And although we were in a period of minority government here for a lot of the time, I think we see that dynamic played out a lot. And so you know, this is educative about the way that Parliament works and how these are not monolithic actors. Parliament is a complicated place full of lots of different people who, in this period, were fragmented not just between parties but within parties into different factions.


Alan Renwick  08:37

That's a theme that I'm sure we're going to come back to. So Lisa, you go on.


Lisa James  08:41

I think it's also important in the sense that we can see a clear line running through from the Brexit period to some of the political developments that have happened in the in the last few years. There's a sort of fundamental tension at the heart of a parliamentary system between the need for the executive to be able to act and to be able to get its policies through and achieve the things it wants to achieve, and for Parliament to be able to influence that, to scrutinise, to approve. And when we look at Parliament, a lot of the lessons that people draw from the Brexit period are about the relationship that Parliament should have with the executive. And it goes right to the heart of that question of, you know: is more parliamentary scrutiny and deliberation a good thing or does it get in the way of effective governance? 


And I think being able to disentangle what actually happened over Brexit, you know, where those difficulties came from – it was an undeniably difficult period for British politics. But to understand what actually happened with those dynamics and why things got so difficult does matter because those are conclusions that go on to influence how we should think about, you know, the role that Parliament played during the pandemic, the role that Parliament should have in looking at legislation and contentious policy areas now. So I think it really matters to understand what happened because it has lasting effects.


Alan Renwick  09:56

Great. We'll get on to these sorts of general lessons in a little bit. But let's maybe explore a bit more of the detail of the case. And there's so much rich history of a fascinating period in the book. And we can't possibly cover all of it in the time that we've got here. But maybe we should try to get into a couple of the other periods. 


And one of the most interesting periods I find is the period that comes before the referendum on Brexit and what Parliament does in the run up to the referendum and the decision to hold the referendum, which I think can essentially be summarised as Parliament pushes for this referendum but doesn't actually do any thinking about what's going to be involved in having the referendum and what would happen if people voted in favour of Brexit.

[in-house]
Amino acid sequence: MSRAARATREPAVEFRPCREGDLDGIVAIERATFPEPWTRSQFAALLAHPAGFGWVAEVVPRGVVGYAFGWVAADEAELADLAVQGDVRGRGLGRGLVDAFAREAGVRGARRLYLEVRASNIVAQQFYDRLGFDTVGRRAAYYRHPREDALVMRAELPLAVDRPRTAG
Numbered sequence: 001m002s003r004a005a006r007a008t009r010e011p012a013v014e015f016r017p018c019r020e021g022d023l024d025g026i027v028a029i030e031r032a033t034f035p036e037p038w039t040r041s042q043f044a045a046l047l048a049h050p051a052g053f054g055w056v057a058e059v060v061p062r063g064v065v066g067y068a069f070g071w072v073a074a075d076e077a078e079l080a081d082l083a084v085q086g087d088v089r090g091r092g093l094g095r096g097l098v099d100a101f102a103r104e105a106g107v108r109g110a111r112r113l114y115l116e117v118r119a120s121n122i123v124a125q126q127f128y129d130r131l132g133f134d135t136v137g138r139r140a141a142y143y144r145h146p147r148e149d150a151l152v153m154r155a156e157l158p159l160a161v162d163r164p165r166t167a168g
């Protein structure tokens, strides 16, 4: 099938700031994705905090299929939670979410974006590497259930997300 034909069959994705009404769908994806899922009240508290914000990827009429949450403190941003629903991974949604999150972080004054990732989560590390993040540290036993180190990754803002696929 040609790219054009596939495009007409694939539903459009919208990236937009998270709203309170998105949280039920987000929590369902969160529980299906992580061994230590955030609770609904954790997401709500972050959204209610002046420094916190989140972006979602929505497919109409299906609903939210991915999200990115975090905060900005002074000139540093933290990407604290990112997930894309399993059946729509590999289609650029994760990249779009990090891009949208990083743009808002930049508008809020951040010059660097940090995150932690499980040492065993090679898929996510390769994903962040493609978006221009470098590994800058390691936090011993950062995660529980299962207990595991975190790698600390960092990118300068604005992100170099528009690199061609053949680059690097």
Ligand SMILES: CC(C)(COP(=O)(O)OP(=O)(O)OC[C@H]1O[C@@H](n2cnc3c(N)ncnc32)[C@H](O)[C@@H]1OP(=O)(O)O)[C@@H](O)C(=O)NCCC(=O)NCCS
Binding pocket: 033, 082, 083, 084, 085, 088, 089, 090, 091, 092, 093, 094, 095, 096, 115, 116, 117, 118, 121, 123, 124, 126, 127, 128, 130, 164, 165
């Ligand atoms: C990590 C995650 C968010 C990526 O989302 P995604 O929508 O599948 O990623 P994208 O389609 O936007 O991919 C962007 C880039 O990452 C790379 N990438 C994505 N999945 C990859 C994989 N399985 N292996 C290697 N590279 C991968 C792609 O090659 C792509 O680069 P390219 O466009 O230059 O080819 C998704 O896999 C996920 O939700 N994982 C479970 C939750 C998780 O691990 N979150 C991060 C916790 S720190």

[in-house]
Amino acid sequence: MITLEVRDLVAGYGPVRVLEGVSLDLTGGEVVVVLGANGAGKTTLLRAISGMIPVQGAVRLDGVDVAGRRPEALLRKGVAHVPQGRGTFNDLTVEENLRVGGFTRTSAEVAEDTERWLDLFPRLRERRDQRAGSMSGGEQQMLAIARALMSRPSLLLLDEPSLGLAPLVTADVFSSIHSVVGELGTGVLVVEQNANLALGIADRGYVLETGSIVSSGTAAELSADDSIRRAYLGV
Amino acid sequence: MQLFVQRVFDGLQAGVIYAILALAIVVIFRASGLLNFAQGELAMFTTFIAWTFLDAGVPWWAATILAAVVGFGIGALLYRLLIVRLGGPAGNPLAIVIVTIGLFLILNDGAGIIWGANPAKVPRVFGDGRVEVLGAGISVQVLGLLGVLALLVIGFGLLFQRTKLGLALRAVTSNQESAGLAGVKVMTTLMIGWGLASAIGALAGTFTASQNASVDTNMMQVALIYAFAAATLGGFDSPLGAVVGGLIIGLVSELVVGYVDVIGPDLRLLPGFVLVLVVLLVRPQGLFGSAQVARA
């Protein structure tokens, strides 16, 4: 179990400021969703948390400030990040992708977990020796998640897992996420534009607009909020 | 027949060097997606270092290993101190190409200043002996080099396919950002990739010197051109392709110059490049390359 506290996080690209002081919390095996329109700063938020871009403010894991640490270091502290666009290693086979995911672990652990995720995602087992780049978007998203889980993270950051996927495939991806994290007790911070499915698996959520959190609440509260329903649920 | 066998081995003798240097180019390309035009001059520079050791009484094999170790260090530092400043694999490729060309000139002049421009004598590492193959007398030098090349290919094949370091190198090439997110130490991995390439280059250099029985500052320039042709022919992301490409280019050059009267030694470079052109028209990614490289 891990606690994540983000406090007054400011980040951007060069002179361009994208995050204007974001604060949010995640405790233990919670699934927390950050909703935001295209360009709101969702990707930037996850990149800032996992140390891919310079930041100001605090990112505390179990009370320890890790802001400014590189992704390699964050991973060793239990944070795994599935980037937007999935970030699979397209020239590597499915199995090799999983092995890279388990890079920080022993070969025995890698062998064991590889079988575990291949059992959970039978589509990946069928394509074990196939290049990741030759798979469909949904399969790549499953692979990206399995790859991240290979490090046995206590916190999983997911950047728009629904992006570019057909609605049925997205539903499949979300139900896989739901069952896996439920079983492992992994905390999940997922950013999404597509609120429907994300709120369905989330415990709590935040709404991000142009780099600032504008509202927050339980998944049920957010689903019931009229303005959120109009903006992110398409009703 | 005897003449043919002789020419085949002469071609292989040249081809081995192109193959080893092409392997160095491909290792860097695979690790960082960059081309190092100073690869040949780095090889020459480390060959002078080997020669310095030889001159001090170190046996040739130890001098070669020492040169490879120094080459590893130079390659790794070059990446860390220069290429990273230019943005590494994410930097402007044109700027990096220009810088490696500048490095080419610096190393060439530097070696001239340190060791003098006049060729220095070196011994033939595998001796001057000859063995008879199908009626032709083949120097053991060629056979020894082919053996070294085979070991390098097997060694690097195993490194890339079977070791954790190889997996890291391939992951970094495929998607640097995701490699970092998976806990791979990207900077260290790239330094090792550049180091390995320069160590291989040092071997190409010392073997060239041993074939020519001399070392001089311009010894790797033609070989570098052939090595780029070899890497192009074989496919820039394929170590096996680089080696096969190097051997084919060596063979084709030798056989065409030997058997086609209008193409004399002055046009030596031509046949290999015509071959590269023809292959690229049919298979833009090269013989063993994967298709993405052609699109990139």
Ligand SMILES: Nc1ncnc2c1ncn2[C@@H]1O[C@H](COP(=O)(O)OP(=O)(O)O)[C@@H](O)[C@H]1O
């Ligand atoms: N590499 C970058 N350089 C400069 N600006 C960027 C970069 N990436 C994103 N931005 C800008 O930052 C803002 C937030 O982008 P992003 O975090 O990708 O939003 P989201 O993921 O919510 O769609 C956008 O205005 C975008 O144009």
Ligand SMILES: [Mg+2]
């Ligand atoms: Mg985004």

Meg, is that a reasonable summary, and should Parliament have been doing something different at that time?


Meg Russell  10:50

I think yes and no. 


In terms of the broader story, I think it's very important to point out that Parliament had a major role before the referendum as well as afterwards. And again, that's very much a story about backbench pressure, primarily inside the Conservative Party, because there were Conservative rebels – Eurosceptic rebels – who, you know, you can trace this back decades. You know, there were Conservative rebellions over the Maastricht Treaty in the early 1990s. You can trace it even back to the UK entry into what was then the EEC in the 1970s. So this is very much a theme – the divisions, particularly on the Conservative benches, which were leading up increasingly from the 1990s onto pressure for referendums of different kinds, and eventually led to the pressure for the in-out or leave-remain referendum. 


One of the things which is interesting is a little myth to be busted there is that not all of the people actually supporting the calls for a referendum wanted to leave the EU. Some of them like David Cameron, the prime minister at the time who eventually conceded the referendum, just wanted to hold the referendum in order to make the thing go away. And of course, it didn't go away. And it's because a lot of people had that attitude that this was just a way of what some people refer to as 'lancing a boil' within the Conservative Party to end this talk of leaving the EU because the opinion polls suggested that it would be a vote to remain in the EU. Consequently, they gave very little thought to what the consequences would be if there was a vote to leave. This was not really considered credible that there would be a vote to leave.